How did French musicians and critics interpret jazz—that quintessentially American music—in the mid-twentieth century? How far did players reshape what they learned from records and visitors into more local jazz forms, and how did the music figure in those angry debates that so often suffused French cultural and political life? After Django begins with the famous interwar triumphs of Josephine Baker and Django Reinhardt, but, for the first time, the focus here falls on the French jazz practices of the postwar era. The work of important but neglected French musicians such as André Hodeir and Barney Wilen is examined in depth, as are native responses to Americans such as Miles Davis and Thelonious Monk. The book provides an original intertwining of musical and historical narrative, supported by extensive archival work; in clear and compelling prose, Perchard describes the problematic efforts towards aesthetic assimilation and transformation made by those concerned with jazz in fact and in idea, listening to the music as it sounded in discourses around local identity, art, 1968 radicalism, social democracy, and post colonial politics.
“Perchard significantly advances our understanding of jazz in post–WWII France by giving us a deep and sophisticated analysis of the music’s intersection with some of the larger issues of the day, including national identity, political tension, and evolving definitions of artistic culture. He provides a very rich picture of how jazz functioned locally within a global context. In addition, he makes a significant historiographical intervention by asking jazz historians and French historians to rethink their assumptions about how jazz became ‘assimilated’ into French culture. I know of no other comparable book.”
—Jeffrey Jackson, Rhodes College
“After Django is a vital contribution to the ongoing expanded scholarly account of jazz in its global dimension, written by an author who knows his stuff inside and out, and has consistently illuminating points to make about the Francophone scene that are transferable to a broader perspective on jazz as such, re-configuring many basic assumptions about a music all too preemptively conceived as authentically American.”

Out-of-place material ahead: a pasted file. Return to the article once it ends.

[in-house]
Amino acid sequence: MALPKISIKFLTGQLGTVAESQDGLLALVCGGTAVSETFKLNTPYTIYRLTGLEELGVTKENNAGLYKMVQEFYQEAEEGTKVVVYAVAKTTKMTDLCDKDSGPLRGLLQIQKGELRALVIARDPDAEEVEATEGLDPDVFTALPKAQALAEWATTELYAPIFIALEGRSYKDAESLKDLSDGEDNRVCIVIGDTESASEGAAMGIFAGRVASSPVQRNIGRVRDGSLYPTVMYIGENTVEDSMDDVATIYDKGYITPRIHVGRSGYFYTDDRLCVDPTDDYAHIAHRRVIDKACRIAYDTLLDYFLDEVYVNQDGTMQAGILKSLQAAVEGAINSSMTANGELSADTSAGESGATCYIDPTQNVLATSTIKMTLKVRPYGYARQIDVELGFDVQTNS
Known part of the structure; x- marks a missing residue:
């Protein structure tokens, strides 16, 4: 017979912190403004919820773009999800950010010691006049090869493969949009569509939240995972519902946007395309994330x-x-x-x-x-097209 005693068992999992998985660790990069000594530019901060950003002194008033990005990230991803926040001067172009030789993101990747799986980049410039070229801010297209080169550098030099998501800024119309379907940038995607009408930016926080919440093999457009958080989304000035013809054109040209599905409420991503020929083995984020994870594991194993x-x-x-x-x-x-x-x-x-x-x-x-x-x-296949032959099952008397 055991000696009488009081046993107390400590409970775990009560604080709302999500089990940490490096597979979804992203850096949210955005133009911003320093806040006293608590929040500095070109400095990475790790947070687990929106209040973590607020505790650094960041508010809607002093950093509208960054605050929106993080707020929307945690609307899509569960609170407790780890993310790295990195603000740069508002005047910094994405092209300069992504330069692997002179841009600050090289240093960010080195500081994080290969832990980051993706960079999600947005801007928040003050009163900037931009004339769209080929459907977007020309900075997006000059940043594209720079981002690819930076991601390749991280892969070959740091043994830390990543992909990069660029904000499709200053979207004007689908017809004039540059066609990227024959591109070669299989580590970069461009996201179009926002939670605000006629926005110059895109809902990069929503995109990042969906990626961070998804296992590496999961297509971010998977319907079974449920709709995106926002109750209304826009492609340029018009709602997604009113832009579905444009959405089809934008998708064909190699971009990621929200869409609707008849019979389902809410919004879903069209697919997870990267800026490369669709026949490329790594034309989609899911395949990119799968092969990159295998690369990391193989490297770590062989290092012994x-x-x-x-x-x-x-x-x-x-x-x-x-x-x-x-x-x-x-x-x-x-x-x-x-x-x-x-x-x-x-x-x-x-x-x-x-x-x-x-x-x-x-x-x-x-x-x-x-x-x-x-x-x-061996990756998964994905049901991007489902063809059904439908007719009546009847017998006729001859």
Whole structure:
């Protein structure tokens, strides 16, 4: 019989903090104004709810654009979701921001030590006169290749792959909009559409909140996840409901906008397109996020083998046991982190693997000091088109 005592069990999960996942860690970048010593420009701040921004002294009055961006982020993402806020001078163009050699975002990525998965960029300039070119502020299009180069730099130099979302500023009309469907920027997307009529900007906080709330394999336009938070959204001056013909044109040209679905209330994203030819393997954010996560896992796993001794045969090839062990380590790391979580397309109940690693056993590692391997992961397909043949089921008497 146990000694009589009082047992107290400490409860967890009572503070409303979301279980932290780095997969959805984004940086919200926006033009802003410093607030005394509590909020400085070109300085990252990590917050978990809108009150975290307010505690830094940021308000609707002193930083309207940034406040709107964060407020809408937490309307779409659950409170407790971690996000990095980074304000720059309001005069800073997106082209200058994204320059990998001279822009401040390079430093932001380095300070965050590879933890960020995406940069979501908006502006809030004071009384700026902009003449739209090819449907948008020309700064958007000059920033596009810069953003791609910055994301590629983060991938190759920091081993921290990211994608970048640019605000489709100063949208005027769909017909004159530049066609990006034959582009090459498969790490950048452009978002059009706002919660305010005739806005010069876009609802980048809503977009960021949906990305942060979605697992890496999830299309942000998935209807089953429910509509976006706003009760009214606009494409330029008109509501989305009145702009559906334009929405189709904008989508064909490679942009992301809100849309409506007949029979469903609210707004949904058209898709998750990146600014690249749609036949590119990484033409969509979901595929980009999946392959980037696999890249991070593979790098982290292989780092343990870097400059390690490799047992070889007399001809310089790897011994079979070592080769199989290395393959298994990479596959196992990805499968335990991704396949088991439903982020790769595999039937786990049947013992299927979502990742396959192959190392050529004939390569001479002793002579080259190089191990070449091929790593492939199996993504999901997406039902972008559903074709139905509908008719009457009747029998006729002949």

—Jed Rasula, University of Georgia
“France looms large in the history of jazz performance and criticism. Tom Perchard’s After Django is the most comprehensive study in English of French understandings of jazz, the music’s influence in French intellectual life and entertainment, and the impact of Francophone discourses on jazz cultures in the United States and elsewhere. The music itself remains front and center in the narrative, which will surely captivate jazzophile readers.”
—E. Taylor Atkins, Northern Illinois University
“In the rich but eminently readable After Django, Tom Perchard’s subject matter and approach offer a refreshing challenge to jazz scholarship. Perchard masterfully draws on a range of relevant theory and concepts to produce a nuanced understanding of jazz practices within a fascinating period in French cultural history.”
—Catherine Tackley, The Open University
“The way Perchard writes about music in After Django is tremendous. The balance the author strikes between history and criticism is exemplary, as good as anything I've read in recent years. This is a remarkable book that is bound to make a huge contribution.”
—Eric Drott, University of Texas at Austin
Cover photograph: Bobino, Paris, 17 January 1967 (left to right: Bernard Vitet, Alain Tabar-Nouval, unidentified, François Jeanneau, Barney Wilen, François Tusques). © Guy Kopelowicz.